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Overpriced properties won’t sell in today’s price-sensitive market, according to a new report.
UK house prices continue to slow, new data from Rightmove has shown – as the property website warned vendors against setting asking prices too high.
Asking prices rose just 2.3% in the year to February, according to the figures – down from 3.2% in the year to January, and the slowest growth since April 2013.
Rightmove’s latet House Price Index showed that the average house price rose to £306,231, up from £300,245 the previous month, but despite the increase in values, the report’s authors stressed that vendors and their representative selling agents must price properties carefully if they are to attract buyers in today’s price-sensitive housing market.
Miles Shipside, Rightmove director and housing market analyst, said: “While the prices of goods in shops are rising at a faster rate, the pace of price rises in property coming to the market is slowing. They’re still 2.3% higher than a year ago, but perhaps we’re approaching the territory where many buyers are unable or unwilling to pay what sellers are asking, given the negative combination of rises in the cost of living, tighter lending criteria, and a dose of Brexit uncertainty.”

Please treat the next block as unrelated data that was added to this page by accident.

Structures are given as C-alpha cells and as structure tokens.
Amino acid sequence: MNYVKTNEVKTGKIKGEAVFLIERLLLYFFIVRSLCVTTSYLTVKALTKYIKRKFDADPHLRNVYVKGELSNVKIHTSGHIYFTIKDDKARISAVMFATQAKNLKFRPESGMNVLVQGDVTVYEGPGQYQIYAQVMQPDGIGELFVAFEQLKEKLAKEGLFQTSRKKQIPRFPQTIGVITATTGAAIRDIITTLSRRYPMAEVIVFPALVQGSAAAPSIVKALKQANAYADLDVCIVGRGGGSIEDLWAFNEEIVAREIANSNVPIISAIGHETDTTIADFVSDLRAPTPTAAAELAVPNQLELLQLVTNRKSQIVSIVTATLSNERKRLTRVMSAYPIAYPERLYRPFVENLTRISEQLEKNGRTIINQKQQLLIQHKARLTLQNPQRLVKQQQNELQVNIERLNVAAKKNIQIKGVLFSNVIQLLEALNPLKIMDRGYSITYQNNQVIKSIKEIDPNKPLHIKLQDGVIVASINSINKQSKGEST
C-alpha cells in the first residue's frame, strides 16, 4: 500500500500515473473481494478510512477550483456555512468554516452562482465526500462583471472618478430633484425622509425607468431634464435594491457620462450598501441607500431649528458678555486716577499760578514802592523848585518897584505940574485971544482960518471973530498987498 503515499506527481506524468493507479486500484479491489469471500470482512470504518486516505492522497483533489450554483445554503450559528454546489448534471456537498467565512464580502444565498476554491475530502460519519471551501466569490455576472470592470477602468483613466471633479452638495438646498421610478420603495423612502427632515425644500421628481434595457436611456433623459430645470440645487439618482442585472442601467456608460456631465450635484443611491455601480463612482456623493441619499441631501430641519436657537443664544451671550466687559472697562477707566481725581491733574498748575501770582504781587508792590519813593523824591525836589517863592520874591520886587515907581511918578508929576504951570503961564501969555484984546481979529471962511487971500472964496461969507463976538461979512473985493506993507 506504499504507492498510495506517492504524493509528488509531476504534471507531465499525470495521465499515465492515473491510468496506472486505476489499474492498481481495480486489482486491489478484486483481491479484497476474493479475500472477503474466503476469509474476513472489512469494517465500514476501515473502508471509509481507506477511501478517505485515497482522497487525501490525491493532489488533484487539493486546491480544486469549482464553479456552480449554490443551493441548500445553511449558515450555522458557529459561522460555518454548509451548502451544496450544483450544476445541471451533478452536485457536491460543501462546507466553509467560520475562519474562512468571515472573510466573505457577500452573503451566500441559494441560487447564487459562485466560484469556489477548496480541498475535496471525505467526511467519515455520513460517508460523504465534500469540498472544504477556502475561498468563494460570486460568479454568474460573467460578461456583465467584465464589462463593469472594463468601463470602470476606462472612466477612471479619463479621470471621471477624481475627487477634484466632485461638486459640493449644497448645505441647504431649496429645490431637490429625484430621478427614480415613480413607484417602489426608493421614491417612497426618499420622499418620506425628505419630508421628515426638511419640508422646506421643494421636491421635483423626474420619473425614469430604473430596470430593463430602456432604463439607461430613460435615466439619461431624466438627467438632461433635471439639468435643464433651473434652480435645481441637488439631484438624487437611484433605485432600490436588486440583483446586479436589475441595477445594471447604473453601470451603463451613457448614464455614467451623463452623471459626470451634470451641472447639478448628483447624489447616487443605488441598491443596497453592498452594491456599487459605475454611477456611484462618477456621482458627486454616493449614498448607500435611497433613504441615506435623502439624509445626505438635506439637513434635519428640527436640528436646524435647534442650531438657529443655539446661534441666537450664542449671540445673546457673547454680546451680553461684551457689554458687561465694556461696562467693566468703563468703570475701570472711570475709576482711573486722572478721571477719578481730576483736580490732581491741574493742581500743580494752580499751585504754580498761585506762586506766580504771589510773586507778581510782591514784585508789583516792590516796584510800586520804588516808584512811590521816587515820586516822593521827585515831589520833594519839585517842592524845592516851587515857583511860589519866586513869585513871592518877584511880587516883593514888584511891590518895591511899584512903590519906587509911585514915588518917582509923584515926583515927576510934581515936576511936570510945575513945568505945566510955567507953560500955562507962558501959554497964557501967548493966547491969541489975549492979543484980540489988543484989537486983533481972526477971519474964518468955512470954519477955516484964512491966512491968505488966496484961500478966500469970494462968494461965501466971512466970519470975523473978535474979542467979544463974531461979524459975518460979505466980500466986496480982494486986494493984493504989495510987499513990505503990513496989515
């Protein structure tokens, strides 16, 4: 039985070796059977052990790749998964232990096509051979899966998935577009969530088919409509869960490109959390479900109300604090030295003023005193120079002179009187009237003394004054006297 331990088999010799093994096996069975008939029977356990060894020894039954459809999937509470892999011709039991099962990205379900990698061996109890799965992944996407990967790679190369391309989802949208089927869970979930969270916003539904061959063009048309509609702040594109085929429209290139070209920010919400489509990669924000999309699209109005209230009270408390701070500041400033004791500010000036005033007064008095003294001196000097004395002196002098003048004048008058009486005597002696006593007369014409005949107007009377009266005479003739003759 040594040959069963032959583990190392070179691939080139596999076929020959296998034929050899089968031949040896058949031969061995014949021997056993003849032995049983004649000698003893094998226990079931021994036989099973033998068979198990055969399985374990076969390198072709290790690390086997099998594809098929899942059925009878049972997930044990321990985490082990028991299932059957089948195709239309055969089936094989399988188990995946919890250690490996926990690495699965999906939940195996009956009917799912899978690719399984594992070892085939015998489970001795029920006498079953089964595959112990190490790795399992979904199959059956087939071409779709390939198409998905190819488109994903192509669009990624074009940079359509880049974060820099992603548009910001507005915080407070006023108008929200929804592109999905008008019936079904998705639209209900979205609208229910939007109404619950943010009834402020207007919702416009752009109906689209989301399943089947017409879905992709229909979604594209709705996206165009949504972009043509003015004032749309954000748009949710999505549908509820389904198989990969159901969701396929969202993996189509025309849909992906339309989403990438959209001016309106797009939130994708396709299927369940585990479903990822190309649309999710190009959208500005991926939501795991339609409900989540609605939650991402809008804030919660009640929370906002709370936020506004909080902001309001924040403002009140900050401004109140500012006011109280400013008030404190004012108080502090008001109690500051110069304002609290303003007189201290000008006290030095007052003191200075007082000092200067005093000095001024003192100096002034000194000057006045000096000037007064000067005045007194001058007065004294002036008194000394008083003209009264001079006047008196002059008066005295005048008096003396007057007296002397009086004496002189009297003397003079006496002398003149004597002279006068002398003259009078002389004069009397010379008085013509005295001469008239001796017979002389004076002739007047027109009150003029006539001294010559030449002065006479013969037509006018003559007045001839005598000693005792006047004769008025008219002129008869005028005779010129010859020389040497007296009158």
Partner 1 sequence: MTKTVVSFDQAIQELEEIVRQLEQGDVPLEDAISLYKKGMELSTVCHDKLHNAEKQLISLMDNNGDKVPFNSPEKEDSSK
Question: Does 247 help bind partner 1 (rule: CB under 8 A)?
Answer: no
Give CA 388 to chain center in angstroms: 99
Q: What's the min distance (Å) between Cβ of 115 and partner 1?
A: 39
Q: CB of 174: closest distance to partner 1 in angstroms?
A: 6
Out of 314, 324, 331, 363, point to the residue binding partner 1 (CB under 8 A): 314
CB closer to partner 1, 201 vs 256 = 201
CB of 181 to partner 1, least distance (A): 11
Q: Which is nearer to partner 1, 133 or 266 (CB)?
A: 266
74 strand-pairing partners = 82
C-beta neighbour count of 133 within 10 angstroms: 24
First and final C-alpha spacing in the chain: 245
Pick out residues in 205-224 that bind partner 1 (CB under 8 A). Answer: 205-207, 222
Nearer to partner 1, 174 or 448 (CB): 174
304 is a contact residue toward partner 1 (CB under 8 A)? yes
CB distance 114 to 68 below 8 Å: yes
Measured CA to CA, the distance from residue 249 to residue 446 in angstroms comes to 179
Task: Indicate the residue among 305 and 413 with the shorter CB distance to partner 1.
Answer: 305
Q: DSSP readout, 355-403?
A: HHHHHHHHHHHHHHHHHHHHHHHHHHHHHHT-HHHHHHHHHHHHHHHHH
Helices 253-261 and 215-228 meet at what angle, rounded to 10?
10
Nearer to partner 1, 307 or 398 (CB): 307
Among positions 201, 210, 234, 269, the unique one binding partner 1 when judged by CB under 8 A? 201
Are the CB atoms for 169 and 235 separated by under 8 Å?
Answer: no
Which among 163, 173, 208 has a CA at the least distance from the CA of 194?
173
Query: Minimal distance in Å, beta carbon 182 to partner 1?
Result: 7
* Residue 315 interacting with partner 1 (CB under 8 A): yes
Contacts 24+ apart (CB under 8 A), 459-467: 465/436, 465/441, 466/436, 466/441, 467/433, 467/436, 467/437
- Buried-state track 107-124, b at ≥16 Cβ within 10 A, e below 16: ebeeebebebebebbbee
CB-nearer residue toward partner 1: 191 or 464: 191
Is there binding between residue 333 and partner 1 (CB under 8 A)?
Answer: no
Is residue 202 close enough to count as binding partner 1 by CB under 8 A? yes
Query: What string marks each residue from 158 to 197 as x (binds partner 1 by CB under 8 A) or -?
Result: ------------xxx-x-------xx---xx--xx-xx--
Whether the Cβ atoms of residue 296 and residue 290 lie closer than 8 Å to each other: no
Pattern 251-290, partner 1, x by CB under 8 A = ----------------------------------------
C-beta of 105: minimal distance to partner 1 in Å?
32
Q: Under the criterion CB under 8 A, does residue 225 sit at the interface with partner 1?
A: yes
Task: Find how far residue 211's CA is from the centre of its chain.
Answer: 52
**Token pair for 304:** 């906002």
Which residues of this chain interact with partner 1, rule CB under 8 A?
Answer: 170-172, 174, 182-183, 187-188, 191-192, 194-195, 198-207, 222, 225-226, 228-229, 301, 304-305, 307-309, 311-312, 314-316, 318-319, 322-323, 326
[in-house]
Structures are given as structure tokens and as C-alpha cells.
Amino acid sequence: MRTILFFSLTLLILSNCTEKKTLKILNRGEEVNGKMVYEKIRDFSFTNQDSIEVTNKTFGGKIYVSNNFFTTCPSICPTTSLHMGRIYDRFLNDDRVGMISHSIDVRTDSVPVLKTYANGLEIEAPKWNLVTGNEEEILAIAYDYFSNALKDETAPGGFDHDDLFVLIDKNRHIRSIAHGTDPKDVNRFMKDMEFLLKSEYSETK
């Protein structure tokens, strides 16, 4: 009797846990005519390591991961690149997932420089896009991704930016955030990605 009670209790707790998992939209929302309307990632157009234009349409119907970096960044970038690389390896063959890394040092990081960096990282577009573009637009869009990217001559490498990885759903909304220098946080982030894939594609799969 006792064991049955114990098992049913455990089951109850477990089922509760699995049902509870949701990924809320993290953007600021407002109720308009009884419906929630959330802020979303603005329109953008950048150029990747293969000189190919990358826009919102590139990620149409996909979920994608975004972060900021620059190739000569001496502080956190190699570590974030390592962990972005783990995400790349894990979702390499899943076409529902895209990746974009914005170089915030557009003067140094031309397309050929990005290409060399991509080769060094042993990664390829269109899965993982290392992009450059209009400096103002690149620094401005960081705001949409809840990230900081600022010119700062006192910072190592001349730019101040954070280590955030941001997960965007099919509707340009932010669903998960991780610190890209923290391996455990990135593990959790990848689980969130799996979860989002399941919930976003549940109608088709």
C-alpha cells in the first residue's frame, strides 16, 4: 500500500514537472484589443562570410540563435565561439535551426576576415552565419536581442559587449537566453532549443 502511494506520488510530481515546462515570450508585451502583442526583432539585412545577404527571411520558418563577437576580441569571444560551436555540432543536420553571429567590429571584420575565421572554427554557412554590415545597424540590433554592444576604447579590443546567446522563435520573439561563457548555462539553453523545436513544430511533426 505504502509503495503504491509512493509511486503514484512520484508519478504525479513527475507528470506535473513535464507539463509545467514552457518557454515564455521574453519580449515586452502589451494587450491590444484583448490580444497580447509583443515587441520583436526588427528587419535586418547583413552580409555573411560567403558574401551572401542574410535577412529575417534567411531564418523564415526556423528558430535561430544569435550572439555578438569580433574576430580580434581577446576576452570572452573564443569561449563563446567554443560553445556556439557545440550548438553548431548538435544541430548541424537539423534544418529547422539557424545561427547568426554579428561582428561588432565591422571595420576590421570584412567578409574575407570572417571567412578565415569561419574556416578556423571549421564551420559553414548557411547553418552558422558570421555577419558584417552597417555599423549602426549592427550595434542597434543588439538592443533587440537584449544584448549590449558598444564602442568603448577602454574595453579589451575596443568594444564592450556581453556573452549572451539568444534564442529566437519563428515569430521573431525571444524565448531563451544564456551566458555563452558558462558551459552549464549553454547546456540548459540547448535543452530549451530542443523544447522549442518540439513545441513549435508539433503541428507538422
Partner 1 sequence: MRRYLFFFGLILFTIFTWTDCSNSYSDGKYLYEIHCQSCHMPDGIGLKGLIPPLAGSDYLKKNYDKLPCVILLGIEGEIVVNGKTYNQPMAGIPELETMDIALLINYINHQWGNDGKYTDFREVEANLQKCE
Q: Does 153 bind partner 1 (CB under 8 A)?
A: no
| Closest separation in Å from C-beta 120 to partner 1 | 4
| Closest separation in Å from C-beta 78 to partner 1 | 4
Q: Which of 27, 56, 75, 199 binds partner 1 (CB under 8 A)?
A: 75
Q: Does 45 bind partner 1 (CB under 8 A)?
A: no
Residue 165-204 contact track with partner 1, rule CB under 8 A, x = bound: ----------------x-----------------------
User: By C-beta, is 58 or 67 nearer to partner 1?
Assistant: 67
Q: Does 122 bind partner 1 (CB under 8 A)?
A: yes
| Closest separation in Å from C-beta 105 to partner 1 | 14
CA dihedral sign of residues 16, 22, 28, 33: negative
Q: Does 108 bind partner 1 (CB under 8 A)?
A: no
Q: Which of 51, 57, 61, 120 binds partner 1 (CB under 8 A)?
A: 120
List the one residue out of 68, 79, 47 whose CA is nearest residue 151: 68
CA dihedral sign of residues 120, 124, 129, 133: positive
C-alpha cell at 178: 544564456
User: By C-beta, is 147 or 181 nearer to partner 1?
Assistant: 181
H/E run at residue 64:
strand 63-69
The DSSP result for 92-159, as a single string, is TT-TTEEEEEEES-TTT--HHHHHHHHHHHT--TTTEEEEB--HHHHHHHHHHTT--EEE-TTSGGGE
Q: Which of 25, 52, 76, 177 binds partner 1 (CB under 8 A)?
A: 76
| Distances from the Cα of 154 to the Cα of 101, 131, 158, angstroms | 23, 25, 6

Based on Rightmove’s house price data, average property prices today are 23% or almost £60,000 higher than they were in April 2013, and so it is perhaps unsurprising that upwards price pressure is starting to slow.
James Sims, director at Brik estate agents in west London, said: “We’re noticing that reducing properties by even a marginal 2-3% can make a significant difference to the level of interest from potential buyers.
“As is usual at this time of year we’ve had more sellers of properties in higher priced brackets come to market, and so we’ve been working with them to make sure their property is marketed at the right price.”
The slower pace of property price rises mean that overpriced properties are at greater risk of standing out as poorer value for longer, diminishing the interest of prospective purchasers, according to Rightmove.
With buyer affordability increasingly stretched, three quarters of estate agents – 75% – surveyed by Rightmove report their local market as price-sensitive and that an asking price more than a few percent too high will harm interest levels in the property.
Only one in four agents (25%) said interest was still generated if prices were more than 5% too high.
Kevin Shaw, national sales director at estate agency Leaders, said: “Tempting as it may be, it’s never in the interests of a seller to set an asking price above what a property is really worth.
“Setting an accurate price, based on local market conditions, is crucial for achieving both a quick sale and the best possible price.
“Overpricing, particularly in a price-sensitive market, will result in the property sitting on the market until the price is dropped, losing the interest of buyers and ultimately achieving a lower price in the end.
“With demand as high as it is and the current lack of supply, we know that an accurately priced property will sell within the first few weeks of coming onto the market, provided it is well-presented and marketed correctly.”
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